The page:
Defective Intestinal Phosphate Absorption in Familial and Non-familial HypophosphataemiaBr Med J 1970; 3 doi: https://doi.org/10.1136/bmj.3.5715.138 (Published 18 July 1970) Cite this as: Br Med J 1970;3:138
- J. R. Condon,
- J. R. Nassim,
- A. Rutter
With an oral phosphate tolerance test a primary defect in intestinal phosphate absorption was found in patients with untreated familial and non-familial hypophosphataemia. It is suggested that this plays a major part in the aetiology of rickets and osteomalacia in these disorders. Vitamin D was shown to have a beneficial effect on intestinal transport of phosphate, though defective absorption was not completely corrected. If intestinal phosphate absorption is normal, oral phosphate supplements will maintain normal plasma phosphate levels even in the presence of a pronounced renal phosphate leak.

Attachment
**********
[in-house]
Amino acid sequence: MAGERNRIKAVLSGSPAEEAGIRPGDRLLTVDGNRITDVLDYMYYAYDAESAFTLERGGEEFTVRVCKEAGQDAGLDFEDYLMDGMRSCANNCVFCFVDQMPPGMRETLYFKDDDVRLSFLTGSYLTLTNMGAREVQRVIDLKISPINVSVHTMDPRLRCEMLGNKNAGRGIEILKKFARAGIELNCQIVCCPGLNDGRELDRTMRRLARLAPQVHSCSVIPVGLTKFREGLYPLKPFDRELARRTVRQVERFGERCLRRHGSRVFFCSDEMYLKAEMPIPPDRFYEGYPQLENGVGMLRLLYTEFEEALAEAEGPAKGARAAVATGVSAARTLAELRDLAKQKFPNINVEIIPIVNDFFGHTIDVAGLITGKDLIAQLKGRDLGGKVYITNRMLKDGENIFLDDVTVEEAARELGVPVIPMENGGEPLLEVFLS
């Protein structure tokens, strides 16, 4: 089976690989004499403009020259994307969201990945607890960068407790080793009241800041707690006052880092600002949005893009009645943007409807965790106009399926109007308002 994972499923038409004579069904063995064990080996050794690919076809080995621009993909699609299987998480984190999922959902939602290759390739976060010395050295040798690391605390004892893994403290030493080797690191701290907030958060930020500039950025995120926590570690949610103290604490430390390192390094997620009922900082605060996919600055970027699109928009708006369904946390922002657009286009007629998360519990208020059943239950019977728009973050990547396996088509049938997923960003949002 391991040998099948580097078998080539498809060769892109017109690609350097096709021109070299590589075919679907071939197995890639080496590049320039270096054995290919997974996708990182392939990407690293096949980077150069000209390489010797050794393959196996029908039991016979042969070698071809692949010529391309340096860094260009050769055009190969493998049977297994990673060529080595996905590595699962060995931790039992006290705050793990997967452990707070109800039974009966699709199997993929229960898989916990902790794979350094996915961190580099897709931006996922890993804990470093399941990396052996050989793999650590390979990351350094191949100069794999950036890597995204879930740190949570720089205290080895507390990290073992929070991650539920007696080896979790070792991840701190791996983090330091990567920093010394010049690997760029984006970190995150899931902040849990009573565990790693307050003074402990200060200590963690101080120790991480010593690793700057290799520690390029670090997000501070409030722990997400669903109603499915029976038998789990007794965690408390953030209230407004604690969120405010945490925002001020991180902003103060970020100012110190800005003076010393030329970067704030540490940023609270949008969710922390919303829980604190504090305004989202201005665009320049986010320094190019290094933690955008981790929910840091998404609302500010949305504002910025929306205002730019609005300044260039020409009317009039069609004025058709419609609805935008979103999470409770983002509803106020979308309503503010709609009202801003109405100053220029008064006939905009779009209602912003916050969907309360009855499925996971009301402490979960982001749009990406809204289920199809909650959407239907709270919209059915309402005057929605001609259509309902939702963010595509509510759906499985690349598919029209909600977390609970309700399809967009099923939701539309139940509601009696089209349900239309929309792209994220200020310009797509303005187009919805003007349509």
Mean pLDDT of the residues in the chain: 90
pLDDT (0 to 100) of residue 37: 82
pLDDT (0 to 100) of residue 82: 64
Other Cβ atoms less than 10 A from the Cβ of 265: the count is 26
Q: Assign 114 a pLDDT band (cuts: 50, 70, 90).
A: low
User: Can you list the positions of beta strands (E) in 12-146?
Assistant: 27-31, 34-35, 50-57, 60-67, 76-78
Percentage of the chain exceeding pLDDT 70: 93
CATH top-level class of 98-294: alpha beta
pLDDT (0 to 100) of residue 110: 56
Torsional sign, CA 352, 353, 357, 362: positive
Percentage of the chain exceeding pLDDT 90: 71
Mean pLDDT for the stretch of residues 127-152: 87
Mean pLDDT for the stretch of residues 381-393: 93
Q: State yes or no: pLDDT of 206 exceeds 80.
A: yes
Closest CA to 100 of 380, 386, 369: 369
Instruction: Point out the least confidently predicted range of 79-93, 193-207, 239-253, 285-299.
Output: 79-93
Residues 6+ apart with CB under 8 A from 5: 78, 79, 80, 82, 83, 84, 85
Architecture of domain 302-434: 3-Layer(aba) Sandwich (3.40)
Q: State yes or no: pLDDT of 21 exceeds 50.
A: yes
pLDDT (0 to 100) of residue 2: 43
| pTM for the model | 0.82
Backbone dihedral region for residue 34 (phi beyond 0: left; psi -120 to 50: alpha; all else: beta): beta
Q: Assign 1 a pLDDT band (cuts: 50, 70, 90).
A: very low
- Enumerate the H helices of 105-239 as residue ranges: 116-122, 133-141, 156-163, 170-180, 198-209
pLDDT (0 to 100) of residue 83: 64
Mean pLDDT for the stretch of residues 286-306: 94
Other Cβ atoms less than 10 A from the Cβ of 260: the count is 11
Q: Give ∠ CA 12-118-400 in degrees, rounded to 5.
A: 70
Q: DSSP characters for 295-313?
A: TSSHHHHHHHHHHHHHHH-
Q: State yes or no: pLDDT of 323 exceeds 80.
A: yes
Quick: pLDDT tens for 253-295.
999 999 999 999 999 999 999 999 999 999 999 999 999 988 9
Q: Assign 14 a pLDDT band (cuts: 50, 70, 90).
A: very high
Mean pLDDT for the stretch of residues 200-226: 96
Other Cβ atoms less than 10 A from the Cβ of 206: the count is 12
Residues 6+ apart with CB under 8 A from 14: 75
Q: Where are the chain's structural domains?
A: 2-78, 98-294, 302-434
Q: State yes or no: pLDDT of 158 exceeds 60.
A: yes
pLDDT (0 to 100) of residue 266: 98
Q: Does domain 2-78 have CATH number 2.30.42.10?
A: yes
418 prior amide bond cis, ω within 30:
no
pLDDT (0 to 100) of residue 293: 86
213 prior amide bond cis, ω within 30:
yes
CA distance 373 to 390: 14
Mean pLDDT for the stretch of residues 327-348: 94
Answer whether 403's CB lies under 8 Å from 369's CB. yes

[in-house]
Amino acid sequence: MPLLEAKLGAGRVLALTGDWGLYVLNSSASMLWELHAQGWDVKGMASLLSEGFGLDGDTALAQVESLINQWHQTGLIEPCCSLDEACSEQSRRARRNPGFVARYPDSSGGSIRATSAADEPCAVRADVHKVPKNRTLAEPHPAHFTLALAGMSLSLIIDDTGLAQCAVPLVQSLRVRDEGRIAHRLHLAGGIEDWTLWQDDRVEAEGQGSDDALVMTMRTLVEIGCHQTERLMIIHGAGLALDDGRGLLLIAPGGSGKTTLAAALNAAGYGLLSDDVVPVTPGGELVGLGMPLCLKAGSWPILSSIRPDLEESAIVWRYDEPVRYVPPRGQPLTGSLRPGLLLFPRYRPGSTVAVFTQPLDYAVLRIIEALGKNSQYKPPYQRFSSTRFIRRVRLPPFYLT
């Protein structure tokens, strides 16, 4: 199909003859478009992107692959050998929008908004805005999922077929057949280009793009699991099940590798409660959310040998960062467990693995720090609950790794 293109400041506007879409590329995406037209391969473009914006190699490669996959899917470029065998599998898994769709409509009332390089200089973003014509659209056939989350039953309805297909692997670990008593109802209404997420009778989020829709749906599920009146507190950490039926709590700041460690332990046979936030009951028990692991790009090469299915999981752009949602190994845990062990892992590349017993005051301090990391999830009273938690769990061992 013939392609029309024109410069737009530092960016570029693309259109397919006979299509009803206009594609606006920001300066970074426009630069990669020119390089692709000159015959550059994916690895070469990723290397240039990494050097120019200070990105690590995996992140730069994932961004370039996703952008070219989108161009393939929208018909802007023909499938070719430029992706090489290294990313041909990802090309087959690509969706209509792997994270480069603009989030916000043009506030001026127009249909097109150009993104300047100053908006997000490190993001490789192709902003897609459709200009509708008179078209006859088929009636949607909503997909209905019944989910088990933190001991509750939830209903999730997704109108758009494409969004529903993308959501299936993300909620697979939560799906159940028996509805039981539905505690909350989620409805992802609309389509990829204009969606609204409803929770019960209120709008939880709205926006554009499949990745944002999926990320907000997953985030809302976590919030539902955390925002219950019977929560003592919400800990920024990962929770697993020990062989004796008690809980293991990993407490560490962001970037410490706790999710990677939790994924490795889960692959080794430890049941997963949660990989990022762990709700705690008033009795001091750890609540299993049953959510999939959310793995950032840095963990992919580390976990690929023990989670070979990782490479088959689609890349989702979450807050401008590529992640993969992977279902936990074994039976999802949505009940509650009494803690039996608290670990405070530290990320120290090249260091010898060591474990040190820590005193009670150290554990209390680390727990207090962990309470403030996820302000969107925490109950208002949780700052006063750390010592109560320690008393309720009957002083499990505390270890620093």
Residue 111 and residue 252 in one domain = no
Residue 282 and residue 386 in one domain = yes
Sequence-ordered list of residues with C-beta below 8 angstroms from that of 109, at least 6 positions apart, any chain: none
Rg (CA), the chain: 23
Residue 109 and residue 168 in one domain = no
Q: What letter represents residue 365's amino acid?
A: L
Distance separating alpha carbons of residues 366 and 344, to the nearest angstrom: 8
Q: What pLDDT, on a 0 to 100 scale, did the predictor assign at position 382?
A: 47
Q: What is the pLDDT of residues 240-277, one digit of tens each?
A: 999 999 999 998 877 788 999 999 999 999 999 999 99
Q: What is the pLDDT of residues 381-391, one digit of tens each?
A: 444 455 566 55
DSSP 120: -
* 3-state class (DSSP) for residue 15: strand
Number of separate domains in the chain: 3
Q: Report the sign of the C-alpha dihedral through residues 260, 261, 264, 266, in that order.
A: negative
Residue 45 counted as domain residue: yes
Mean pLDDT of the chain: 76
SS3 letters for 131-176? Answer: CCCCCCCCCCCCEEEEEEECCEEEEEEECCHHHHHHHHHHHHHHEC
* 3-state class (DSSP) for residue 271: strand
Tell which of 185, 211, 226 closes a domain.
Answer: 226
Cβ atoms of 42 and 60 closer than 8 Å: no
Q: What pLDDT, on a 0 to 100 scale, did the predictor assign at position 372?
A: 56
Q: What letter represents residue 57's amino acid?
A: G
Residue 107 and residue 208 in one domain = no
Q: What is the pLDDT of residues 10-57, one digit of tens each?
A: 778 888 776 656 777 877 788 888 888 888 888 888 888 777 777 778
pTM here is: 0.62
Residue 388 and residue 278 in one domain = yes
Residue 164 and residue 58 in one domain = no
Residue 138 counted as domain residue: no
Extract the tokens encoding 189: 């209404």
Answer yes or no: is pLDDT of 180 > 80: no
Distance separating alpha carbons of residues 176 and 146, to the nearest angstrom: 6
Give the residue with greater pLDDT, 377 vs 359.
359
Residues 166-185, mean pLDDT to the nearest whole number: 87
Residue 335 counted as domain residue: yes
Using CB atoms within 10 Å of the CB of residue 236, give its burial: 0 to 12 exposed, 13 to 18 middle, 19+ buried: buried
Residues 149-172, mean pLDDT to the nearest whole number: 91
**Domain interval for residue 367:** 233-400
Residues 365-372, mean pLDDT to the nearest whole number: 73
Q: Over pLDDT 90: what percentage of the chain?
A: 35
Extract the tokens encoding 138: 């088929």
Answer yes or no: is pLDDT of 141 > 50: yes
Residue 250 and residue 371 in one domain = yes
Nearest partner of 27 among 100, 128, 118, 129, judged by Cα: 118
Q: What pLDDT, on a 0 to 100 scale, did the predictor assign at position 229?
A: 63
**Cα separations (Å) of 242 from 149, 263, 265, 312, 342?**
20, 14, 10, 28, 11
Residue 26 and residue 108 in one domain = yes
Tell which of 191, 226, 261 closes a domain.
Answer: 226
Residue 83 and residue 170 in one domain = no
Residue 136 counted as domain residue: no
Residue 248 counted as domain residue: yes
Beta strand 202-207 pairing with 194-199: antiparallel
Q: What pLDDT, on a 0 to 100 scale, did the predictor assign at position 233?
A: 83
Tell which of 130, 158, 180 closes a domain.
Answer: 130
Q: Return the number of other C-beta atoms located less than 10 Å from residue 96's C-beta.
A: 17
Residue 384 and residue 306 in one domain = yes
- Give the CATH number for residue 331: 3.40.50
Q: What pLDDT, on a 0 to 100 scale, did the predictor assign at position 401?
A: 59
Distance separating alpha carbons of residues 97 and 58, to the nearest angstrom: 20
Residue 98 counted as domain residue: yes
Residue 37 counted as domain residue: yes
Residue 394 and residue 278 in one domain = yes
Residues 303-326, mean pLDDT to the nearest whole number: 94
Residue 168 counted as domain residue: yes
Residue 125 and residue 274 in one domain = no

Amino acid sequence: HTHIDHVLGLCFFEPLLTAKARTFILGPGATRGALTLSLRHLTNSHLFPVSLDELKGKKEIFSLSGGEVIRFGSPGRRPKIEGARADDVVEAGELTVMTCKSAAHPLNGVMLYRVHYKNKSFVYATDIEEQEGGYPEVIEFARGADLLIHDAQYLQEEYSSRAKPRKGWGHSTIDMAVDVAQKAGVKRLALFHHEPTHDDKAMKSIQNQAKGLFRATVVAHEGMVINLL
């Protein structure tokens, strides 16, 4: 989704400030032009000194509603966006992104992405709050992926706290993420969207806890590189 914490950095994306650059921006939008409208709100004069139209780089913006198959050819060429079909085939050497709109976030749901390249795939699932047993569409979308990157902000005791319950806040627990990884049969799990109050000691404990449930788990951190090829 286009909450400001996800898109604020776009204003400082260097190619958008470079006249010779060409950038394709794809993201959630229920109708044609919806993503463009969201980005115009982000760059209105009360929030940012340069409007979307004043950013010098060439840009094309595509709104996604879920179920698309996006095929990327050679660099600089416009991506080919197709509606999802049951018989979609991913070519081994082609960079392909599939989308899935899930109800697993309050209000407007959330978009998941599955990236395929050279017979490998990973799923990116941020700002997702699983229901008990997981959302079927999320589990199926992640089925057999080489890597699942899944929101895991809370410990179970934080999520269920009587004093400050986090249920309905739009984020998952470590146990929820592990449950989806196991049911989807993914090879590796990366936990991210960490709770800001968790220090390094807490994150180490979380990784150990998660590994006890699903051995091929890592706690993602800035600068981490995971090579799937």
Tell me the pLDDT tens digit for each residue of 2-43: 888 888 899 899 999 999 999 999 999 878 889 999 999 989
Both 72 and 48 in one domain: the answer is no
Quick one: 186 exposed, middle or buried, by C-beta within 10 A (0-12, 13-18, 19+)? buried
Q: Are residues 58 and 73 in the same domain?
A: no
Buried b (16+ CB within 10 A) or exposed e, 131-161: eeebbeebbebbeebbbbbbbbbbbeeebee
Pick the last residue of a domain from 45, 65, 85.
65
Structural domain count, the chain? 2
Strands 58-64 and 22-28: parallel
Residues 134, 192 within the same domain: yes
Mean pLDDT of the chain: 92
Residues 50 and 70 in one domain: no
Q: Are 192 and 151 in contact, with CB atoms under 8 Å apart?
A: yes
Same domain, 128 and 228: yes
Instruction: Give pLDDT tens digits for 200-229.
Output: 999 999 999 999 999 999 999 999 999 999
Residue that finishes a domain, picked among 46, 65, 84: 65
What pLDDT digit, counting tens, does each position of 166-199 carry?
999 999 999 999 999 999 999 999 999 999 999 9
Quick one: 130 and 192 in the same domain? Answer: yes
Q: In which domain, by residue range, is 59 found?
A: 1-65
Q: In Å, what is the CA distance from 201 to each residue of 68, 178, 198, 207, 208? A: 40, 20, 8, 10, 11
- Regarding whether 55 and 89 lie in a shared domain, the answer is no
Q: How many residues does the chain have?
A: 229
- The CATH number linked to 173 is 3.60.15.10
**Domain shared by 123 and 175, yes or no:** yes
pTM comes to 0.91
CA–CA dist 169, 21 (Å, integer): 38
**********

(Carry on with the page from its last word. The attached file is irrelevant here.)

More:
In familial and non-familial hypophosphataemia the phosphate tolerance test may be a more sensitive index of genetic abnormality than a low plasma phosphate. It may be helpful in distinguishing several syndromes at present classified under non-familial hypophosphataemia, as well as assessing the response to treatment with vitamin D and in investigating intestinal transport of phosphate.